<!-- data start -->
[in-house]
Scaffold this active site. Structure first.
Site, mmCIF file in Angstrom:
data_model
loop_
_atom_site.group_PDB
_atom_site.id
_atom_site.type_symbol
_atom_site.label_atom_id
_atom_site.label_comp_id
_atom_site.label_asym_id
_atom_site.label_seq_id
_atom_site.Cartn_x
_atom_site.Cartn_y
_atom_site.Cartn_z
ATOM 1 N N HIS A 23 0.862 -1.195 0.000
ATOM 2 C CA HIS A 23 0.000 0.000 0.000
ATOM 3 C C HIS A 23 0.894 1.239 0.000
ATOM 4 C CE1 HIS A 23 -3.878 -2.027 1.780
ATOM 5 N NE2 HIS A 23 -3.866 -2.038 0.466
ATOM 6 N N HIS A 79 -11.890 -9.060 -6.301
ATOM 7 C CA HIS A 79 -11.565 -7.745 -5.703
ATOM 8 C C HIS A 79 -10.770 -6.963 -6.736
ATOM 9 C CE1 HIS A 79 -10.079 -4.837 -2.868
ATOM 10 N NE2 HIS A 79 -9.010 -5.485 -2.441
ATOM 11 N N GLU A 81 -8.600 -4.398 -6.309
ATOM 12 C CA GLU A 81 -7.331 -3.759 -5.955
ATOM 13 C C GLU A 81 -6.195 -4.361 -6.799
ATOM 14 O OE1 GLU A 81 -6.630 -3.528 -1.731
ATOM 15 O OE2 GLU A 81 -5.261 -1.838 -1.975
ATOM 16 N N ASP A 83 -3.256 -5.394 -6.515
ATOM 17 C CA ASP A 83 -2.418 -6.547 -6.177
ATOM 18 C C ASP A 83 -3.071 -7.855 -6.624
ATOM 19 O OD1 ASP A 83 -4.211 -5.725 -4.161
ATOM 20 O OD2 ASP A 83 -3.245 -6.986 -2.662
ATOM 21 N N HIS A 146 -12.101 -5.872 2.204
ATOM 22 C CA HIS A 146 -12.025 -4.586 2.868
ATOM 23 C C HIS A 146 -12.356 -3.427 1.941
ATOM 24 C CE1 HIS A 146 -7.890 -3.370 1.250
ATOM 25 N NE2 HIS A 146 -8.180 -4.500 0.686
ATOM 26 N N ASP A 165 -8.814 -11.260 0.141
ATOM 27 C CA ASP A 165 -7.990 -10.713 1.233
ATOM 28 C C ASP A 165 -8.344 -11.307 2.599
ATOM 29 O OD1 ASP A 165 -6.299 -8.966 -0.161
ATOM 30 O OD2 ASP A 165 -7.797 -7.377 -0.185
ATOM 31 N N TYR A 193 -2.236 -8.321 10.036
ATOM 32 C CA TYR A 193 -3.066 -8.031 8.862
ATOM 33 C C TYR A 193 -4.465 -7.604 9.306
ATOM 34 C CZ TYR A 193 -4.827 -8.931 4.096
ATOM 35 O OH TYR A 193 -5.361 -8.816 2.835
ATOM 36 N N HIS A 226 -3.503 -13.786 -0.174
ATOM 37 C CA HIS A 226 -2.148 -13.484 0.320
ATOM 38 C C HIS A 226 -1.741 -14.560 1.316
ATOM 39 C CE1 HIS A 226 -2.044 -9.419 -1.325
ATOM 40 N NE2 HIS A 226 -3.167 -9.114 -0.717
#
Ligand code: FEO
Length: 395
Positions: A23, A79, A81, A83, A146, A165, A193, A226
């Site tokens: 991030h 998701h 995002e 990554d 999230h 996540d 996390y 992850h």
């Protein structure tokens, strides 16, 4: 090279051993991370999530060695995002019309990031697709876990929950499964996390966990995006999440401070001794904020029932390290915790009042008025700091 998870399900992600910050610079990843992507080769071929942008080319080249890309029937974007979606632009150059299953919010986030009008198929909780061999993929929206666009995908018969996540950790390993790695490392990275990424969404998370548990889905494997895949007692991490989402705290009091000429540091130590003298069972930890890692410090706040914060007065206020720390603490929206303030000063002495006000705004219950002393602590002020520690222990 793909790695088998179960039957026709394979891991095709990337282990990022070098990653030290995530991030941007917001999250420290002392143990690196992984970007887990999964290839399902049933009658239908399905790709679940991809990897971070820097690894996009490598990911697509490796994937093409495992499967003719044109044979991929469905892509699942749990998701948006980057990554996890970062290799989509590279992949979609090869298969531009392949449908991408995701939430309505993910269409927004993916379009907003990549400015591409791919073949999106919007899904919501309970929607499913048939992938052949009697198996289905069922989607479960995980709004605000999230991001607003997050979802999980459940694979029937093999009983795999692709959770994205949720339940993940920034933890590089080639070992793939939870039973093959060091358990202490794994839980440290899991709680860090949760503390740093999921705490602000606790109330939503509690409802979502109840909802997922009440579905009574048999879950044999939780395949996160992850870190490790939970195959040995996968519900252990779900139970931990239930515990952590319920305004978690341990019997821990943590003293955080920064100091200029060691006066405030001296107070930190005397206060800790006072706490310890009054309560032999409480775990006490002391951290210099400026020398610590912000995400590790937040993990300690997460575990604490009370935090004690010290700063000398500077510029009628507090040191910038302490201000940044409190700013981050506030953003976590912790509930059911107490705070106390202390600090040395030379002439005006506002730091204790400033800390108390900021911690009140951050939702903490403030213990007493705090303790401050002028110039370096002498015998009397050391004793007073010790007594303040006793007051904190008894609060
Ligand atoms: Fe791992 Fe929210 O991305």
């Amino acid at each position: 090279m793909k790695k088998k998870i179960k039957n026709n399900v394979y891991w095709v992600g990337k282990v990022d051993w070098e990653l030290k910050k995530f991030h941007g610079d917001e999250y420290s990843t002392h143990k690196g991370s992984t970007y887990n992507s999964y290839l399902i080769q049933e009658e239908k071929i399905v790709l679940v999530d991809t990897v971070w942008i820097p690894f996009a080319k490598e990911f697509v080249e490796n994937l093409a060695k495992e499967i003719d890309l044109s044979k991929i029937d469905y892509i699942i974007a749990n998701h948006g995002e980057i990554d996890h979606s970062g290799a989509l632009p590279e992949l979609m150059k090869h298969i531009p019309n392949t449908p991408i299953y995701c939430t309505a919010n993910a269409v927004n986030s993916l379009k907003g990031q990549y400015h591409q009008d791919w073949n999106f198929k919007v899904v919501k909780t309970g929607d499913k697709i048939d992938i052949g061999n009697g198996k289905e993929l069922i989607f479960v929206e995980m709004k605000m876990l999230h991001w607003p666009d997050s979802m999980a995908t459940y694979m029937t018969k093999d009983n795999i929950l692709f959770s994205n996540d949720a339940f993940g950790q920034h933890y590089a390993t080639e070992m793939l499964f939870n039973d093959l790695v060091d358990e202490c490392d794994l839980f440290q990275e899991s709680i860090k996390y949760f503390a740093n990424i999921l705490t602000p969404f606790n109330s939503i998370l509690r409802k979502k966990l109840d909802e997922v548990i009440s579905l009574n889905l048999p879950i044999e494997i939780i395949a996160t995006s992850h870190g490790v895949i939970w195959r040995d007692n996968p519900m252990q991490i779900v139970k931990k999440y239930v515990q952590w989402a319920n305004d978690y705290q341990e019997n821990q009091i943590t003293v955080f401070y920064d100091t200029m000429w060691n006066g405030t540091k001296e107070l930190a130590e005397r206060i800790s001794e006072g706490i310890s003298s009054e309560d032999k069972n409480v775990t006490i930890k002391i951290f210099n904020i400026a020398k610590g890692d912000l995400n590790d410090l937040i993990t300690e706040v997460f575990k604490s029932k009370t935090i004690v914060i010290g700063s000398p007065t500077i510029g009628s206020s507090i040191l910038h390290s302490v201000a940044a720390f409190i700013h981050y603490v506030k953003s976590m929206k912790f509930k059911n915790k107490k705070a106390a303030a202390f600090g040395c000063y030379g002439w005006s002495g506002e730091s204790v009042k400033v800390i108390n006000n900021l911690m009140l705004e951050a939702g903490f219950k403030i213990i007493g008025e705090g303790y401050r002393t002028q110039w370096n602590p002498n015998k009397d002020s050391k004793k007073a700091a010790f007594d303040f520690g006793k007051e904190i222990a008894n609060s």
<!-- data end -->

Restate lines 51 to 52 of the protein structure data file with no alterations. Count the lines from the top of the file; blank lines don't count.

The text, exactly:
ATOM 36 N N HIS A 226 -3.503 -13.786 -0.174
ATOM 37 C CA HIS A 226 -2.148 -13.484 0.320